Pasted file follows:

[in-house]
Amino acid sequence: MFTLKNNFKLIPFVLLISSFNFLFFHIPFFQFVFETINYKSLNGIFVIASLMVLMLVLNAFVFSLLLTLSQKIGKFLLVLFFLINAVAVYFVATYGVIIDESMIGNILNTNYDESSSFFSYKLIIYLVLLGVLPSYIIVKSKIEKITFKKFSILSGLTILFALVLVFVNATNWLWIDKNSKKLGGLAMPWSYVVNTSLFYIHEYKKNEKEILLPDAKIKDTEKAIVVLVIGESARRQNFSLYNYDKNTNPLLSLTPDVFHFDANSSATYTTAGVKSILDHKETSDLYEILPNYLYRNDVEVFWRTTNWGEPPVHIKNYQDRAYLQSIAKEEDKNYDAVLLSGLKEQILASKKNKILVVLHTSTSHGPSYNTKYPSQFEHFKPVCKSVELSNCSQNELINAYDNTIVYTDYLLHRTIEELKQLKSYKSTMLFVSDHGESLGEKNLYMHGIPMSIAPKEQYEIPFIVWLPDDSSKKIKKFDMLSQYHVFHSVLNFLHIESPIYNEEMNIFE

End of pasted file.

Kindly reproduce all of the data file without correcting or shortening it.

[in-house]
Amino acid sequence: MFTLKNNFKLIPFVLLISSFNFLFFHIPFFQFVFETINYKSLNGIFVIASLMVLMLVLNAFVFSLLLTLSQKIGKFLLVLFFLINAVAVYFVATYGVIIDESMIGNILNTNYDESSSFFSYKLIIYLVLLGVLPSYIIVKSKIEKITFKKFSILSGLTILFALVLVFVNATNWLWIDKNSKKLGGLAMPWSYVVNTSLFYIHEYKKNEKEILLPDAKIKDTEKAIVVLVIGESARRQNFSLYNYDKNTNPLLSLTPDVFHFDANSSATYTTAGVKSILDHKETSDLYEILPNYLYRNDVEVFWRTTNWGEPPVHIKNYQDRAYLQSIAKEEDKNYDAVLLSGLKEQILASKKNKILVVLHTSTSHGPSYNTKYPSQFEHFKPVCKSVELSNCSQNELINAYDNTIVYTDYLLHRTIEELKQLKSYKSTMLFVSDHGESLGEKNLYMHGIPMSIAPKEQYEIPFIVWLPDDSSKKIKKFDMLSQYHVFHSVLNFLHIESPIYNEEMNIFE